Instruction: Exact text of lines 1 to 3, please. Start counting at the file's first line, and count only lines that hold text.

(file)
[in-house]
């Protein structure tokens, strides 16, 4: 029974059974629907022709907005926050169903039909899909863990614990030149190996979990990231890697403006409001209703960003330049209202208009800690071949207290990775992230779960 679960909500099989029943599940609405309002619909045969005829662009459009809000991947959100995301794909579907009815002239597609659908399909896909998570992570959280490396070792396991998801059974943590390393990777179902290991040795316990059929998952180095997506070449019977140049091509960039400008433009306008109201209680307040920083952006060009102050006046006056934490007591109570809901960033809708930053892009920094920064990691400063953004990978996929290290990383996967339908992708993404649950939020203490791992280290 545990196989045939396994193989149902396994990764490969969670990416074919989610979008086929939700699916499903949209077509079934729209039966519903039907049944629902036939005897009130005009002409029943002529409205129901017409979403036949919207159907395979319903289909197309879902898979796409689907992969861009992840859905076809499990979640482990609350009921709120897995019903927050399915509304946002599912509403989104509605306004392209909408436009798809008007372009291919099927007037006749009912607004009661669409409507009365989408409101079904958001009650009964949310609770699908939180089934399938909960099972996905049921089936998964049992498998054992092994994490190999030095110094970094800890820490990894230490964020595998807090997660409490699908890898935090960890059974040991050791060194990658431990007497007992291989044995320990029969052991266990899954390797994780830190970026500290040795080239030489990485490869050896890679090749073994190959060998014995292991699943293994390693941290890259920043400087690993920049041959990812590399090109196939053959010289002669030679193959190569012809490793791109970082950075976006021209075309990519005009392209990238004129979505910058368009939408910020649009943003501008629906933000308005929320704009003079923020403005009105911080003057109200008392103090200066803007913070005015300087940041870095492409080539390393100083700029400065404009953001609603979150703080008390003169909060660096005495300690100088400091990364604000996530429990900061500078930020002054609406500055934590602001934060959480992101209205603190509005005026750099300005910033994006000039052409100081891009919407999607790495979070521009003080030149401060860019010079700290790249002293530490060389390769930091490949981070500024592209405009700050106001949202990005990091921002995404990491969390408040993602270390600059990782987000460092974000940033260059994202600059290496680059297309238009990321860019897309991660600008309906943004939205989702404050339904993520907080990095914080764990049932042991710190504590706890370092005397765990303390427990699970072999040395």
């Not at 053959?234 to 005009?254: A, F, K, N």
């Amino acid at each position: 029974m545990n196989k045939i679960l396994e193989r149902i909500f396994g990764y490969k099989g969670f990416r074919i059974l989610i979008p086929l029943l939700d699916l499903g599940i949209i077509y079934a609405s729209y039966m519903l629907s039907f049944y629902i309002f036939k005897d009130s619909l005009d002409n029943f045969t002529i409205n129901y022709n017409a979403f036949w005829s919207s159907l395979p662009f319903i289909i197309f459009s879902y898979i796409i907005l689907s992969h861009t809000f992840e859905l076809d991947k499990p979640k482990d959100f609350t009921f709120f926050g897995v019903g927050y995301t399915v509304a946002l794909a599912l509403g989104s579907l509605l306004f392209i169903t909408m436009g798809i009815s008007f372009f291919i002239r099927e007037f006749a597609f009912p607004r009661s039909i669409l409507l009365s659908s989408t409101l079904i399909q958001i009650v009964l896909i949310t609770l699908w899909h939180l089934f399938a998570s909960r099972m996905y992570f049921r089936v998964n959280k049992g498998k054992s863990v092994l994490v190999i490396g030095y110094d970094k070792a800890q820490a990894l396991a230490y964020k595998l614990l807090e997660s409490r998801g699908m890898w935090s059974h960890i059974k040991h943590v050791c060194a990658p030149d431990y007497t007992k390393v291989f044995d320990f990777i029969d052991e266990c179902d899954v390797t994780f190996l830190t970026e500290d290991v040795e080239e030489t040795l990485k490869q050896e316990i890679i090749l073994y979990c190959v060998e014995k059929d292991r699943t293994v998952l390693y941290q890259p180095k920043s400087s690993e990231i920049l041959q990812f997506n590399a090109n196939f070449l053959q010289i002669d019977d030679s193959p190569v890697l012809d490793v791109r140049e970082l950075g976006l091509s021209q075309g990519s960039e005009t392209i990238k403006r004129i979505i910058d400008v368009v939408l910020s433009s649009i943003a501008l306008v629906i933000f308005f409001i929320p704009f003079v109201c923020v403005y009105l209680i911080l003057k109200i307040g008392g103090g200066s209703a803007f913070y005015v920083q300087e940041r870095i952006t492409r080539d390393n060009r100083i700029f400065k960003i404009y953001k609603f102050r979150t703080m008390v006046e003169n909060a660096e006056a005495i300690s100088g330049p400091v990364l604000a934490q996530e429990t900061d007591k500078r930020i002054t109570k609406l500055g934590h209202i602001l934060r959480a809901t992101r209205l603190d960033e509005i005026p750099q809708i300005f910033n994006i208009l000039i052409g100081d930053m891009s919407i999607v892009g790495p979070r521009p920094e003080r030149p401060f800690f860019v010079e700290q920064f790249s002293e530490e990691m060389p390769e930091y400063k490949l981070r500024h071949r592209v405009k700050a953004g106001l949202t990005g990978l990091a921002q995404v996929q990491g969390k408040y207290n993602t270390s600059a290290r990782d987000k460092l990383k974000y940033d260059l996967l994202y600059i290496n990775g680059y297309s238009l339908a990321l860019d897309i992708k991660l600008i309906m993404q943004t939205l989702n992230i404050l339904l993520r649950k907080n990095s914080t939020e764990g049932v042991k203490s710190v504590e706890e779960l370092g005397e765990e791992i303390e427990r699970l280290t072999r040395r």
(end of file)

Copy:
[in-house]
């Protein structure tokens, strides 16, 4: 029974059974629907022709907005926050169903039909899909863990614990030149190996979990990231890697403006409001209703960003330049209202208009800690071949207290990775992230779960 679960909500099989029943599940609405309002619909045969005829662009459009809000991947959100995301794909579907009815002239597609659908399909896909998570992570959280490396070792396991998801059974943590390393990777179902290991040795316990059929998952180095997506070449019977140049091509960039400008433009306008109201209680307040920083952006060009102050006046006056934490007591109570809901960033809708930053892009920094920064990691400063953004990978996929290290990383996967339908992708993404649950939020203490791992280290 545990196989045939396994193989149902396994990764490969969670990416074919989610979008086929939700699916499903949209077509079934729209039966519903039907049944629902036939005897009130005009002409029943002529409205129901017409979403036949919207159907395979319903289909197309879902898979796409689907992969861009992840859905076809499990979640482990609350009921709120897995019903927050399915509304946002599912509403989104509605306004392209909408436009798809008007372009291919099927007037006749009912607004009661669409409507009365989408409101079904958001009650009964949310609770699908939180089934399938909960099972996905049921089936998964049992498998054992092994994490190999030095110094970094800890820490990894230490964020595998807090997660409490699908890898935090960890059974040991050791060194990658431990007497007992291989044995320990029969052991266990899954390797994780830190970026500290040795080239030489990485490869050896890679090749073994190959060998014995292991699943293994390693941290890259920043400087690993920049041959990812590399090109196939053959010289002669030679193959190569012809490793791109970082950075976006021209075309990519005009392209990238004129979505910058368009939408910020649009943003501008629906933000308005929320704009003079923020403005009105911080003057109200008392103090200066803007913070005015300087940041870095492409080539390393100083700029400065404009953001609603979150703080008390003169909060660096005495300690100088400091990364604000996530429990900061500078930020002054609406500055934590602001934060959480992101209205603190509005005026750099300005910033994006000039052409100081891009919407999607790495979070521009003080030149401060860019010079700290790249002293530490060389390769930091490949981070500024592209405009700050106001949202990005990091921002995404990491969390408040993602270390600059990782987000460092974000940033260059994202600059290496680059297309238009990321860019897309991660600008309906943004939205989702404050339904993520907080990095914080764990049932042991710190504590706890370092005397765990303390427990699970072999040395």
């Not at 053959?234 to 005009?254: A, F, K, N």